Back in January we launched a blogging series (with the above title) exploring the various server design parameters that impact VDI performance and scalability. Led by Shawn Kaiser, Doron Chosnek and Jason Marchesano, we’ve been exploring the impact of things like CPU core count, core speed, vCPU, SPECInt, memory density, IOPS and more. If you’re new to VDI and trying to avoid the pitfalls that exist between proof of concept and large scale production, this has hopefully been an insightful journey which has yielded some practical design guidance that will make your implementation that much more successful.
Here’s a snapshot of the ground
we covered along the way:
- Core Count vs. Core Speed
- Core Speed Scaling (Burst)
- Realistic Virtual Desktop limits
- How much SPECint is enough?
- How does 1vCPU scale compared to 2vCPU’s?
- What do you really gain from a 2vCPU virtual desktop?
- How memory bus speed affects scale
- How does memory density affect VDI scalability?
- How many storage IOPs?
What? There’s a Whitepaper? (who doesn’t like free stuff?)
If you’re just catching up with us, and want a nice, complete, whitepaper-ized version of the series, this is your lucky day. You can get download the paper here.
VDI No-Holds-Barred Webinar!
Finally, last month, as part of the series we also offered a webinar on BrightTalk, where our panel of experts walked us through these design considerations exposed in the series, and fielded audience questions. It was one of those high quality interactions that hopefully provides great on-going usefulness to those who catch the replay.
If you missed the event, you can watch it here. The guys fielded a lot of great Q&A from our community, and in fact there were a few lingering questions we didn’t have time to address during the event. They’ve captured these for me (including their answers) provided below.
What’s Next? Got a Question?
I hope the journey was as impactful for you as it was for me – I should point out that the guys are considering what to attack as part of the next phase of their lab testing. I would highly encourage you to provide your input (or questions) be emailing us at email@example.com Let us know what’s on your mind, where we should take the test effort to better align with the implementation scenarios you’re facing, etc. Thanks!
Q&A From Our Web Event:
1) I have used Liquidware labs VDI assessment tool to help me understand how to accurately size my customer’s virtual desktops. Should I not be using tools like these?
Answer: These tools do a great job of looking at utilization on existing environments. The potential issue is that most of these tools only aggregate MHz utilization, there is no concept of SPEC conversion to properly map to newer processors. The other thing that we have seen with using this raw data and trying to fit it all in a particular blade solution is that there is usually no “overhead” of the VM taken into consideration. So sometimes it looks like you can have a 20 Desktop to a single physical core on a server and that’s just too aggressive when you look at typical vCPU oversubscription, etc. The bottom line is that these types of tools are great initial sanity checkers to validate the possibility of VDI consolidation. If you are involved in these types of assessments and are working on a Cisco UCS solution, we have tools that can assist in importing this type of data and helping you make more pointed recommendation’s as well. Just email firstname.lastname@example.org and we can discuss!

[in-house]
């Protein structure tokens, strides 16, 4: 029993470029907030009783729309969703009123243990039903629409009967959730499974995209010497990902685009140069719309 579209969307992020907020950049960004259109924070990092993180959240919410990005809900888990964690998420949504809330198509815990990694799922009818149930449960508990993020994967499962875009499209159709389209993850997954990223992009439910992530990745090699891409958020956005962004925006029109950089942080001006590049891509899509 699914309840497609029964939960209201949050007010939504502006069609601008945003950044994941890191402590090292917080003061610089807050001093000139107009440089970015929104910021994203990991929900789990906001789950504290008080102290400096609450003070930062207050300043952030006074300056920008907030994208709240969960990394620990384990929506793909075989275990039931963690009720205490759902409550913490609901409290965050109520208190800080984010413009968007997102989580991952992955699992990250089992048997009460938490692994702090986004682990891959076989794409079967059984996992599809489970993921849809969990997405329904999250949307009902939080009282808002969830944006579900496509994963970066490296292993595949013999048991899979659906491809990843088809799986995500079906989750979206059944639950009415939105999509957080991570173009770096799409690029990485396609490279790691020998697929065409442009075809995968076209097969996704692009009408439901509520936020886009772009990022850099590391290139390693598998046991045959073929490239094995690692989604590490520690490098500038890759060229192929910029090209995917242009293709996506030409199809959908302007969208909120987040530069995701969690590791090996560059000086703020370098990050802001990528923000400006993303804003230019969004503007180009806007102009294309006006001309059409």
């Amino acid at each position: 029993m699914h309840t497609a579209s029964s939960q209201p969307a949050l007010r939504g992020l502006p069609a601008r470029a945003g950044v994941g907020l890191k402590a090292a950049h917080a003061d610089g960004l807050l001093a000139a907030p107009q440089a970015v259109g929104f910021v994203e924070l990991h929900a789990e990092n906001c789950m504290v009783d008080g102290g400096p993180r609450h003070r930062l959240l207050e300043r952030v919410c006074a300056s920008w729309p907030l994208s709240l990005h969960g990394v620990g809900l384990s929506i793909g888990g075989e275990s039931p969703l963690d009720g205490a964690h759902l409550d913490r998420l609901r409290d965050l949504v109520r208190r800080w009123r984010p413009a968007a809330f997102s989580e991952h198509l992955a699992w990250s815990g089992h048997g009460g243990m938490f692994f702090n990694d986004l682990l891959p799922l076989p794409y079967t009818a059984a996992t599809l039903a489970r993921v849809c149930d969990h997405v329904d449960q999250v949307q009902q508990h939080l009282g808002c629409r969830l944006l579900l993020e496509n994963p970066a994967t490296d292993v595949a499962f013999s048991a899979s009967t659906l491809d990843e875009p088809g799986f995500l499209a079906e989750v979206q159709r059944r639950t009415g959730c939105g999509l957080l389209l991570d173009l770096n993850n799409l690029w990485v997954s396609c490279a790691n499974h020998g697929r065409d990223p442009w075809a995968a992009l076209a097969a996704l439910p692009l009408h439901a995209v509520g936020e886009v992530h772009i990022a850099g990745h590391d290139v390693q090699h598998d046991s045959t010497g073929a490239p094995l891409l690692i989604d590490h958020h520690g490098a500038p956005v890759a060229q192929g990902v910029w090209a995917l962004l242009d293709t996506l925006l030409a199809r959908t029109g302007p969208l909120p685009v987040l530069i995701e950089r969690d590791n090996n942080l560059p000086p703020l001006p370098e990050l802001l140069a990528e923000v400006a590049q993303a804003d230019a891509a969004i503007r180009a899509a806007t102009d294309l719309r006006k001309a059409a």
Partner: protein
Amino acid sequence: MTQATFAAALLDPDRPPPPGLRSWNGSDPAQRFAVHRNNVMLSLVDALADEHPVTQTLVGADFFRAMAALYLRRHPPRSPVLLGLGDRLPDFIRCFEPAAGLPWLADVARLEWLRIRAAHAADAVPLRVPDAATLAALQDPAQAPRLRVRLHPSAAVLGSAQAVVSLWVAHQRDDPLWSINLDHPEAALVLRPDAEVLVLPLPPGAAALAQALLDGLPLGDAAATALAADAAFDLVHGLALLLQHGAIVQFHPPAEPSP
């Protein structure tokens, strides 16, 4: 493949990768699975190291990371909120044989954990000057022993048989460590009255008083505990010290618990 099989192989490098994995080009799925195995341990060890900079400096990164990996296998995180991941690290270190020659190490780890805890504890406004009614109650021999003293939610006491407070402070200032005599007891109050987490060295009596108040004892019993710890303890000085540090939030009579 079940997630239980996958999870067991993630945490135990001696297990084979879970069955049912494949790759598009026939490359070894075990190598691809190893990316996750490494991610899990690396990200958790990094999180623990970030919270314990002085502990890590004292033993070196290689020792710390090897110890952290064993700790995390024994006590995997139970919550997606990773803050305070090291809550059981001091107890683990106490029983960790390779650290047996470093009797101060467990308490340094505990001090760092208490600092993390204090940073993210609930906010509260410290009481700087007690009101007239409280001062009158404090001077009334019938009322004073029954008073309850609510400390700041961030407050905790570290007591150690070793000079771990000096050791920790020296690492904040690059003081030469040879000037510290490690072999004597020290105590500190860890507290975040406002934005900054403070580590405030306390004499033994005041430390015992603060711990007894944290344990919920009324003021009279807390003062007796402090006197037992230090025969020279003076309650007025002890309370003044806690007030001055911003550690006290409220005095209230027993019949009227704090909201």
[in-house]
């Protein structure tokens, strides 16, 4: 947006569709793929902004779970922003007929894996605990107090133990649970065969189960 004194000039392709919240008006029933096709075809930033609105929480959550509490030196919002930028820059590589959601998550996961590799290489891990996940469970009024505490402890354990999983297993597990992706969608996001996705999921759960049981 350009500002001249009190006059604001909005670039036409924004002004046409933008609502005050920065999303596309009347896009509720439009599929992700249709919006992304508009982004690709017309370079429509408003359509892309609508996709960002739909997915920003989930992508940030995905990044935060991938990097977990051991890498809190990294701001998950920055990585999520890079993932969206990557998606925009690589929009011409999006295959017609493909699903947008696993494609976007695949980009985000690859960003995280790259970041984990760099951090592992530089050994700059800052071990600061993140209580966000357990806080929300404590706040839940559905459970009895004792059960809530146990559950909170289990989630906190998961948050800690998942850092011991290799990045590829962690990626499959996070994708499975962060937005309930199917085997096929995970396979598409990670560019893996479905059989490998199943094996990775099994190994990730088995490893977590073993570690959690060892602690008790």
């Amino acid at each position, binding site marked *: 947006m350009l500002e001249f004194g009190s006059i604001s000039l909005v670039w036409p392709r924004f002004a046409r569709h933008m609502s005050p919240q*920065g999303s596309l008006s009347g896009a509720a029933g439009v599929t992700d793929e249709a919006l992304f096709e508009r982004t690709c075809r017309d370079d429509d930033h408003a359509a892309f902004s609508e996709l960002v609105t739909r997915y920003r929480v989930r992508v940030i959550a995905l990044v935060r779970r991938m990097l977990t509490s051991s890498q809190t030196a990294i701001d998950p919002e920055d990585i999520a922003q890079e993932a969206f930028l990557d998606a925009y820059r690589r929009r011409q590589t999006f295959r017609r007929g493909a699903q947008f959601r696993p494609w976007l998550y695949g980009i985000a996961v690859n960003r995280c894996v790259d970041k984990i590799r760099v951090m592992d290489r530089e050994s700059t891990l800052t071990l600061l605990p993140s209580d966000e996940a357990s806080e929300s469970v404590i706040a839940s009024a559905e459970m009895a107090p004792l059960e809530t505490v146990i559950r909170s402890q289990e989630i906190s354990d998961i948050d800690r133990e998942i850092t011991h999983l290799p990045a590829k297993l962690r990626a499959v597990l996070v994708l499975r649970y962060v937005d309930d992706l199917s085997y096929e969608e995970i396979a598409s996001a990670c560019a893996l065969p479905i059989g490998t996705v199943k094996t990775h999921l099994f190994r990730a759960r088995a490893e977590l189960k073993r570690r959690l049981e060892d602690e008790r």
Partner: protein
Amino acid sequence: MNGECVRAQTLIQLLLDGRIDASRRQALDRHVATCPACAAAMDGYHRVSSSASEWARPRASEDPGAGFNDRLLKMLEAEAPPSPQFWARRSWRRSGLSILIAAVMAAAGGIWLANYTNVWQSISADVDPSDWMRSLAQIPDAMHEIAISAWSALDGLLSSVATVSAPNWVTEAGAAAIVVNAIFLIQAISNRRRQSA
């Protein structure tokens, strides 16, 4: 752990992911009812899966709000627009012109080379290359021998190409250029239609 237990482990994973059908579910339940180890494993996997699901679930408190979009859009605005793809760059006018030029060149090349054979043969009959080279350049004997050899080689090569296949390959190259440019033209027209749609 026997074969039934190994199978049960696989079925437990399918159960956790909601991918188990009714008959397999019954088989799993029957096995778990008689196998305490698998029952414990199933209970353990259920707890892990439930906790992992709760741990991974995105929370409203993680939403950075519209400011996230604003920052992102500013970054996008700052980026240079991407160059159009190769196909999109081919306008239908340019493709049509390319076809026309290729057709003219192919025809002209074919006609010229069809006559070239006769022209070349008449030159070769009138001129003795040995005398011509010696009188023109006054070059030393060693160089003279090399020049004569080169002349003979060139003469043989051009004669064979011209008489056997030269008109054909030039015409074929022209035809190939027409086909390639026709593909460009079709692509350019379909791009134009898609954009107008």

2) Do you find a performance increase/higher density hosts by scheduling similar vCPU count VM’s on the same hosts?
Answer: We did not test the mixing of 1vCPU and 2vCPU workloads to technically qualify an answer to see that impacts this would have – but this is a great idea and we will definitely consider this in our phase 2 testing.
3) Did you find giving more RAM to a VM caused the performance figures to decrease? E.g. 100 VMs at 4GM/VM compared to 100VMs using 1.5GB.VM
Answer: Since our testing was a static memory allocation of 1.5GB, we do not have the data to answer this particular question – again, another great idea to possibly include in our phase 2 testing.
4) Hi. A bit unclear on the last slide. 150 simultaneous desktops produce 39000 IOPs. Is this assuming physical desktops and figures were based on IOPs on each physical desktop. If so, I don’t see how the IOPs figure is relevant as it only on local disk, not SAN. Think I misunderstood the last slide!!
Answer: The 39000 IOPs was measured by both vCenter and the storage array controller as the total number of IOPs to boot 150 virtual desktops. No testing was done with physical desktops.
5) Loved the Cisco blogs regarding vCPU, SPEC, memory speed, CPU performance. Is there a similar piece of research that has been done regarding server VM performance rather than VDI?
Answer: Not *yet…. Hint hint.
6) Are there unique considerations for plant floor VDI deployments? The loads on those systems are typically higher on a continuous basis.
Answer: Specific use cases for VDI with different workloads definitely do exist and you should definitely size based on those requirements. If you feel your individual application requirements are not close to one of the pre-configured LoginVSI tests, the LoginVSI tool does allow for custom workload configurations where you can have it simulate working against your own apps.
Thousands of U.S. military personnel who have risked their lives in war have built technical, leadership and other skills while abroad. Despite risking life and limb, finding employment is a battle they’re often not prepared to fight alone. The realities of seeking employment that set in when veterans return stateside can be daunting.